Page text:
Twenty-one new ministers – in addition to two vice presidents – will step into office alongside President-elect Laura Chinchilla in May. Some are new faces; others are keeping the position they held under the current administration of President Oscar Arias; and others are returning to public service from a brief hiatus.
For the most part, political analysts call the appointments “more of the same” and a continuation of the current government. And, in truth, that’s what many believe voters asked for with their vote at the polls in February, as Chinchilla is often seen as Arias’ handpicked replacement.
“All of these people are good people. They are the stalwarts of the National Liberation Party,” Carlos Denton, co-founder of the San José-based polling firm CID-Gallup, told The Tico Times in March. “But I would expect four years of the same of what we have now” (TT, March 2010).
Fifty-one-year-old Laura Chinchilla introduced them as well-qualified, dedicated and equipped with “a clear identification of the challenges and initiatives that we would like to implement in the next four years.”
First Vice President
Prior position: General manager of Scotia Bank
Biography: Luis Liberman brings a business background to President-elect Laura Chinchilla’s cabinet. He served as director of the Costa Rican Electricity Institute (ICE) and the National Power and Light Company (CNFL), is a founder of Banco Interfin (now owned by Scotia Bank), and holds a doctorate in economics from the University of Illinois.
Second Vice President
Prior position: Executive director of the National Biodiversity Institute (INBio) and professor emeritus at the National University (UNA)
Biography: A scientist by background, Alfio Piva currently serves as the executive director of INBio in Heredia. He’s also a professor at the University of Costa Rica (UCR) and the UNA, is a founding member of the National Advisory Board of Rectors (Conare ) and served as two-time president of the National Advisory Board for Scientific and Technological Investigations (CONICIT). Chinchilla has said that Piva will be an important voice for the government on environmental issues.
Prior position: Coordination minister
Biography: Coordination and economy minister under President Oscar Arias, Marco Vargas has done a little bit of everything during his career in public service. He’s served twice as economy minister (1994-1996 and 2007-2009), and also as minister of science and technology (1995-1996), minister to the president (1996-1998), production minister (2007), member of the sugar industry advocacy group Laica, and advisor to the Central American Integration Bank. He received a degree in social and economic sciences from the UCR. As presidency minister, Vargas will serve as right hand to the president in dealings with her cabinet.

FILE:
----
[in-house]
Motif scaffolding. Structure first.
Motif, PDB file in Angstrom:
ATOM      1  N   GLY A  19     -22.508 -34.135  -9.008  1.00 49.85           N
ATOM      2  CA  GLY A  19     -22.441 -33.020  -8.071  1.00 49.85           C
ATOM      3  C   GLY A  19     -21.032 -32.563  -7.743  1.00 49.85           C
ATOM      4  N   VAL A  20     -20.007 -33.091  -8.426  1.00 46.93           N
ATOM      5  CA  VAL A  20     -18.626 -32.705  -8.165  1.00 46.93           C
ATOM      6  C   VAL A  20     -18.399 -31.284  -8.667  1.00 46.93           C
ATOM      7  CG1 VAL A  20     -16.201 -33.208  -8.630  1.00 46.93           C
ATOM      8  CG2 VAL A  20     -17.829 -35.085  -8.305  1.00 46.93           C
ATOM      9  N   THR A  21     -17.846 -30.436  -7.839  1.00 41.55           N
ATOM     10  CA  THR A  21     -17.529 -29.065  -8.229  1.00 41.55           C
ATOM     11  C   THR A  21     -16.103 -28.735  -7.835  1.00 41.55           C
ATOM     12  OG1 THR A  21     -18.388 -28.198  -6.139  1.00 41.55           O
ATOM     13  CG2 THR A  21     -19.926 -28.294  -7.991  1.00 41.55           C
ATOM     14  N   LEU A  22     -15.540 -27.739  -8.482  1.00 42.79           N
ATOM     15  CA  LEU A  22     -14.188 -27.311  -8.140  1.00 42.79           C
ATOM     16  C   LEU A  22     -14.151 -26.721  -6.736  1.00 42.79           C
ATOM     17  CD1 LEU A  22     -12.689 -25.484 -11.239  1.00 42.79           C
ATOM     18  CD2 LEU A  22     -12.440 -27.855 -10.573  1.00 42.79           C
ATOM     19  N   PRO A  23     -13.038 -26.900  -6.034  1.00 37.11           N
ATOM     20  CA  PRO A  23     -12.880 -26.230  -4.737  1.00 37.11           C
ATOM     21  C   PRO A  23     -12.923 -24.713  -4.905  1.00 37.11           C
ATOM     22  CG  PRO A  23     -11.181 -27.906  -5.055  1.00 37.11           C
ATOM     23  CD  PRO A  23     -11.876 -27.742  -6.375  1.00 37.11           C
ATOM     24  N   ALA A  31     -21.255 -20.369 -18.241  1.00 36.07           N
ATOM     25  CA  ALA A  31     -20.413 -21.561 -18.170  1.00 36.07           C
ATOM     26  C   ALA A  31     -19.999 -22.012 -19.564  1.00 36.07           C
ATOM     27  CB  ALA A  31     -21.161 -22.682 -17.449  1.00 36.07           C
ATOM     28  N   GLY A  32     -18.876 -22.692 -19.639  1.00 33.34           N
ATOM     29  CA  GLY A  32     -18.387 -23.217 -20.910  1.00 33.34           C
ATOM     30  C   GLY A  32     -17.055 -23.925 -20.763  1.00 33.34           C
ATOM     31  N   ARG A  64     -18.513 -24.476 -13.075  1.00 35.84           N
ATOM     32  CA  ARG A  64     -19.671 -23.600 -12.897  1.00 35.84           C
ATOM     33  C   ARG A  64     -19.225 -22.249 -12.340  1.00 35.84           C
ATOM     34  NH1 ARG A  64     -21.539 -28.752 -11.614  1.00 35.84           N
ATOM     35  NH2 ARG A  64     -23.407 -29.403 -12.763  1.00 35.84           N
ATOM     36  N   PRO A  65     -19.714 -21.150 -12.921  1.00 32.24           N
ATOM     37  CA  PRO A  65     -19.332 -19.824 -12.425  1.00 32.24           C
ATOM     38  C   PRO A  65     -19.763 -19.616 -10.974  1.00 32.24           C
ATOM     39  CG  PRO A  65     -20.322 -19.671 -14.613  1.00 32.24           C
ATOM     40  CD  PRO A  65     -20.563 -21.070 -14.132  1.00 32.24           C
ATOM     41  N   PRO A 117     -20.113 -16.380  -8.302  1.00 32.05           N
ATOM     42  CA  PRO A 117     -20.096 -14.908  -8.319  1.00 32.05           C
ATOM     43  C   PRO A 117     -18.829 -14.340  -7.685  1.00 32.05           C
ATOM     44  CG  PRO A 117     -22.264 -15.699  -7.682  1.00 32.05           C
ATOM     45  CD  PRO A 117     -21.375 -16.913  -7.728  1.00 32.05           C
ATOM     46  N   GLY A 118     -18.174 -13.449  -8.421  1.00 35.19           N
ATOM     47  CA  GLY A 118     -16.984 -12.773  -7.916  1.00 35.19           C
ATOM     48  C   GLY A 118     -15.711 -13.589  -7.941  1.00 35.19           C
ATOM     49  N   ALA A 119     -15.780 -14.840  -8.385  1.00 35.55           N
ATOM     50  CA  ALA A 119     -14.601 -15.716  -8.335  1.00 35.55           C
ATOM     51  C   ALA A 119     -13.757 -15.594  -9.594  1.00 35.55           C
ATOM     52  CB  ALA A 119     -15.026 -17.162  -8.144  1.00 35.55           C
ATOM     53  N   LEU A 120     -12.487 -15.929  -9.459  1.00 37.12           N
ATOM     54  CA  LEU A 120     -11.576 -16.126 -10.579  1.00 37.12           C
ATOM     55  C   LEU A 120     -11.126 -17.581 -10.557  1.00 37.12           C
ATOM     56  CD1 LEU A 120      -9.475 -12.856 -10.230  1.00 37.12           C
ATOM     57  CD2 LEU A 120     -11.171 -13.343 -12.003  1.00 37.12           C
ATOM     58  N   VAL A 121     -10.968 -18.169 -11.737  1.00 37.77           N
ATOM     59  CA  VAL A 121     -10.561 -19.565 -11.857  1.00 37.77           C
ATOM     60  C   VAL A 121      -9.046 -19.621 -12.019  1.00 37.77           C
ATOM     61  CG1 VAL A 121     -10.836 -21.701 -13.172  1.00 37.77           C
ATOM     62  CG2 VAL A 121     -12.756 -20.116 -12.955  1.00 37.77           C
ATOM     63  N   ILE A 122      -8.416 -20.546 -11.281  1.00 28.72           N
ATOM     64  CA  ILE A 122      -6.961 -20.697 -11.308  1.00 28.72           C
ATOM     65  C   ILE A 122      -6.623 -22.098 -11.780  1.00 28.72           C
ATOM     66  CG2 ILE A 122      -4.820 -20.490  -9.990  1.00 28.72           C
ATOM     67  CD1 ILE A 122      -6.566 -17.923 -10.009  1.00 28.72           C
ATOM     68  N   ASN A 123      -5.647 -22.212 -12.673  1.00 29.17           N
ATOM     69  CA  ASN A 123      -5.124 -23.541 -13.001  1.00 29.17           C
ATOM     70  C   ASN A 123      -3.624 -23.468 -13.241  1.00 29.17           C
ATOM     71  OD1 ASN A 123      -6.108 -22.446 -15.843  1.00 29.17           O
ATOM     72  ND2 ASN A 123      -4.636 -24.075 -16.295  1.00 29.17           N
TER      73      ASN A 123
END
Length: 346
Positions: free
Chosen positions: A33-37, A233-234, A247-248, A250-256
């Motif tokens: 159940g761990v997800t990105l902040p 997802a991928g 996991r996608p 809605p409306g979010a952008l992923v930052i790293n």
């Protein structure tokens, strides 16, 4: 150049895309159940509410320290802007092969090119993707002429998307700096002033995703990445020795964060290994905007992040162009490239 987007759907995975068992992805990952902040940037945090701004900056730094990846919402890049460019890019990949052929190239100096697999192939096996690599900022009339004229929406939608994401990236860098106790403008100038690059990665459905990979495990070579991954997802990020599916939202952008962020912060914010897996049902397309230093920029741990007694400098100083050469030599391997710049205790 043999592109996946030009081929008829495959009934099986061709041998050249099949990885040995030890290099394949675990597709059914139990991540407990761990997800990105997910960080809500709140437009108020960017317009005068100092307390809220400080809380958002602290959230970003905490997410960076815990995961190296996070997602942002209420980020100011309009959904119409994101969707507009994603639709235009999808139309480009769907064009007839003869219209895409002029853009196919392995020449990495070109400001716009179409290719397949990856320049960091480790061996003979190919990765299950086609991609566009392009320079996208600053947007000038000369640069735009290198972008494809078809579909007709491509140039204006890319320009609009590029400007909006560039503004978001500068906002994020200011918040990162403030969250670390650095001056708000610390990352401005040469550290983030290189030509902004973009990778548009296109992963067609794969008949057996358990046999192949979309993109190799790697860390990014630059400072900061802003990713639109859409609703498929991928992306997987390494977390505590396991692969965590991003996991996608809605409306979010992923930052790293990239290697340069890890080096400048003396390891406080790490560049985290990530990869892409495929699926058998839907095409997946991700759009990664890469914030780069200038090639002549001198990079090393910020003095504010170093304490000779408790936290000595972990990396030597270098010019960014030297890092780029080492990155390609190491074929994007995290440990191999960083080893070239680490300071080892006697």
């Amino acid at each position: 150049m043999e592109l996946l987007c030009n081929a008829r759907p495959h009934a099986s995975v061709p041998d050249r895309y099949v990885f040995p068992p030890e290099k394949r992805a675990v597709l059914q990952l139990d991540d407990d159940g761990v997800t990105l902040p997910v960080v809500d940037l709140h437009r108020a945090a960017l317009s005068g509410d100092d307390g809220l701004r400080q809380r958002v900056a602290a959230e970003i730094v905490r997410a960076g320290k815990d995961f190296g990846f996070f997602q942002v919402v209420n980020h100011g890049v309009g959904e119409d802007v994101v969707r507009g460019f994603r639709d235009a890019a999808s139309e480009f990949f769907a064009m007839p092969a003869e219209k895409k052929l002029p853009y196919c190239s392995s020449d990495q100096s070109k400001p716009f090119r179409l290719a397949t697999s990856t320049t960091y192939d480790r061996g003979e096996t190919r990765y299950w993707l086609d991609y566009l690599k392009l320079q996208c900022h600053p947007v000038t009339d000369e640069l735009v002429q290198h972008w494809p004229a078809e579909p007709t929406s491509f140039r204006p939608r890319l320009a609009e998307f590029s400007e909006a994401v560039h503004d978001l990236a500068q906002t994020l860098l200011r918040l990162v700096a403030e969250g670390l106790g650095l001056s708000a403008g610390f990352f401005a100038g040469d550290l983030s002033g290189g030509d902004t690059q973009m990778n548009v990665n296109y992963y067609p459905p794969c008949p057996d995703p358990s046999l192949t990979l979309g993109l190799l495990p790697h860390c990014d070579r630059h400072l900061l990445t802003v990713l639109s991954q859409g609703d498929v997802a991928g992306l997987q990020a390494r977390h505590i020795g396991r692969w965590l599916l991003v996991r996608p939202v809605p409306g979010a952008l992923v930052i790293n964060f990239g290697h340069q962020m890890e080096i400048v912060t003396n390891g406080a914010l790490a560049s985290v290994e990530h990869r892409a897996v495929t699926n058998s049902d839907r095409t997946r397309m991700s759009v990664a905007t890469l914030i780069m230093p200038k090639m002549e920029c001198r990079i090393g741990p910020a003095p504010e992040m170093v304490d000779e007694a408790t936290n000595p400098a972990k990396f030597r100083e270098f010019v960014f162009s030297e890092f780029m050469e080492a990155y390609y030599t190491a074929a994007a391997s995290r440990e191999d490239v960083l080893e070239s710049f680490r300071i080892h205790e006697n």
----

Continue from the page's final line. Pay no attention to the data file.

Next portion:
Prior position: General controller and chairman of the board of the Public Services Regulatory Authority (ARESEP)
Biography: It won’t be the first time that Fernando Herrero is stepping in to lead the Finance Ministry. He served as finance minister in 1994 under former President José María Figueres. He’s also served as vice minister of finance, vice minister of planning, ambassador to the Organization of American States and board member of the Central Bank. He holds an undergraduate degree in sociology from the UCR and two master’s degrees from New YorkUniversity. In his new post, Herrero will oversee tax collection and government spending.
Prior position: Communications minister
Biography: Serving in the soon-to be defunct communications minister position, Mayi Antillón will return to the business world, where she served previously as head of the Chamber of Industries. Antillón has also served as legislator, president of the Special Commission on the Development Banking System, and program coordinator for the Costa Rican Investment Board (CINDE). As economy minister in the new government, Antillón will work to develop and implement policies to facilitate sustainable economic growth.
Foreign Trade Minister
Prior position: Senior advisor for integration and trade at the Inter-American Development Bank (IADB)
Biography: A lead negotiator for the Central American Free Trade Agreement with the United States, Anabel González has worked for more than 20 years on different initiatives to improve Costa Rica’s commercial relations with other countries. The former director of CINDE, vice minister of foreign trade and director of the agriculture division at the World Trade Organization, González studied law at the UCR and received her master’s degree in law at GeorgetownUniversity in Washington, D.C.
Public Works and Transportation Minister (MOPT)
Prior position: President of the Atlantic Port Authority (JAPDEVA)
Biography: Serving as president of JAPDEVA during a controversial time of port privatization, Francisco Jiménez has been tapped to lead the MOPT, which has also seen some turmoil. In November, the collapse of a bridge slated for repair several years prior, resulted in the death of five people and the resignation of former MOPT Minister Karla González. Jiménez has also served as executive director of the Roadway Safety Council (COSEVI) and vice minister of public works and transportation.
María Luisa Ávila
Prior position: Health minister
Biography: After leading the effort to stem the spread of the H1N1 flu virus and launching a campaign against smoking as health minister during the Oscar Arias administration, María Luisa Ávila is back for another round. She has served as head of infectious disease services at the National Children’s Hospital, worked as a doctor in pediatric emergencies in Heredia, and practiced general medicine in Guanacaste.
Prior position: Education minister
Biography: Garnier steps into another four years at the helm of the education ministry. Under current President Oscar Arias, he worked on the widely praised Avancemos program, an initiative that pays qualifying students to stay in school, thus reducing the number of high school dropouts. Prior positions include vice minister and minister of planning under José María Figueres (1994-1998), consultant to UNICEF and the World Bank, and professor at the UCR. He received his undergraduate degree in economics from the UCR and went on to earn a master’s and a doctoral degree from the NewSchool for Social Research in New York City.
Teófilo de la Torre
Environment and Energy Minister
Prior position: Manager of the Electrical Interconnection System for Central American Countries (SIEPAC)
Biography: The former head of ICE, vice minister of natural resources, energy and mines, and president of the CNFL has been tapped for another four years in public administration, this time under President-elect Laura Chinchilla. De la Torre’s appointment represents a shift toward revamping energy policy in a country struggling with an energy shortage and that is aiming for carbon neutrality by 2021. A priority for de la Torre will be promoting a bill that would expand the role of the private sector in energy production.